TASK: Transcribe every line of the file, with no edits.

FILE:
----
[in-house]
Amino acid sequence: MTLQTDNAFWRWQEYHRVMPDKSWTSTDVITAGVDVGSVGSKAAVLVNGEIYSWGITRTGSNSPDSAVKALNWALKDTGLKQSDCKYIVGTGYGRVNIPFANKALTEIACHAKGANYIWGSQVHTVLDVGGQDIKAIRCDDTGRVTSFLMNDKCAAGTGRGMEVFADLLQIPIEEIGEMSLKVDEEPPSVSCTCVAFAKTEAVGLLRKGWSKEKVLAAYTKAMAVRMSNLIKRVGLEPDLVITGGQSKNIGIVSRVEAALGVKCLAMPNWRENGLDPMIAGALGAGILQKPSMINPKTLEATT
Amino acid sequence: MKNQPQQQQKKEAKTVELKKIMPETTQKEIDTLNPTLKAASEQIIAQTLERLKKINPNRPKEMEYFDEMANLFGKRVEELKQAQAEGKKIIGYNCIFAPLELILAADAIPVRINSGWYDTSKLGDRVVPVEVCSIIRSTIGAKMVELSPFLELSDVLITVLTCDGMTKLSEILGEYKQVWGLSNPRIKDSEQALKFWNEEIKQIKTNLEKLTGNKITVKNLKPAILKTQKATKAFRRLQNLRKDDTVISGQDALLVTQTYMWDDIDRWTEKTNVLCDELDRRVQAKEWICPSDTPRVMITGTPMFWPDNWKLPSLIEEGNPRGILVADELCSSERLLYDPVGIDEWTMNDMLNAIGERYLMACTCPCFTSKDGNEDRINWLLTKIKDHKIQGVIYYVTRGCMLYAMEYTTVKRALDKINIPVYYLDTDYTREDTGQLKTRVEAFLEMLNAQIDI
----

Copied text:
[in-house]
Amino acid sequence: MTLQTDNAFWRWQEYHRVMPDKSWTSTDVITAGVDVGSVGSKAAVLVNGEIYSWGITRTGSNSPDSAVKALNWALKDTGLKQSDCKYIVGTGYGRVNIPFANKALTEIACHAKGANYIWGSQVHTVLDVGGQDIKAIRCDDTGRVTSFLMNDKCAAGTGRGMEVFADLLQIPIEEIGEMSLKVDEEPPSVSCTCVAFAKTEAVGLLRKGWSKEKVLAAYTKAMAVRMSNLIKRVGLEPDLVITGGQSKNIGIVSRVEAALGVKCLAMPNWRENGLDPMIAGALGAGILQKPSMINPKTLEATT
Amino acid sequence: MKNQPQQQQKKEAKTVELKKIMPETTQKEIDTLNPTLKAASEQIIAQTLERLKKINPNRPKEMEYFDEMANLFGKRVEELKQAQAEGKKIIGYNCIFAPLELILAADAIPVRINSGWYDTSKLGDRVVPVEVCSIIRSTIGAKMVELSPFLELSDVLITVLTCDGMTKLSEILGEYKQVWGLSNPRIKDSEQALKFWNEEIKQIKTNLEKLTGNKITVKNLKPAILKTQKATKAFRRLQNLRKDDTVISGQDALLVTQTYMWDDIDRWTEKTNVLCDELDRRVQAKEWICPSDTPRVMITGTPMFWPDNWKLPSLIEEGNPRGILVADELCSSERLLYDPVGIDEWTMNDMLNAIGERYLMACTCPCFTSKDGNEDRINWLLTKIKDHKIQGVIYYVTRGCMLYAMEYTTVKRALDKINIPVYYLDTDYTREDTGQLKTRVEAFLEMLNAQIDI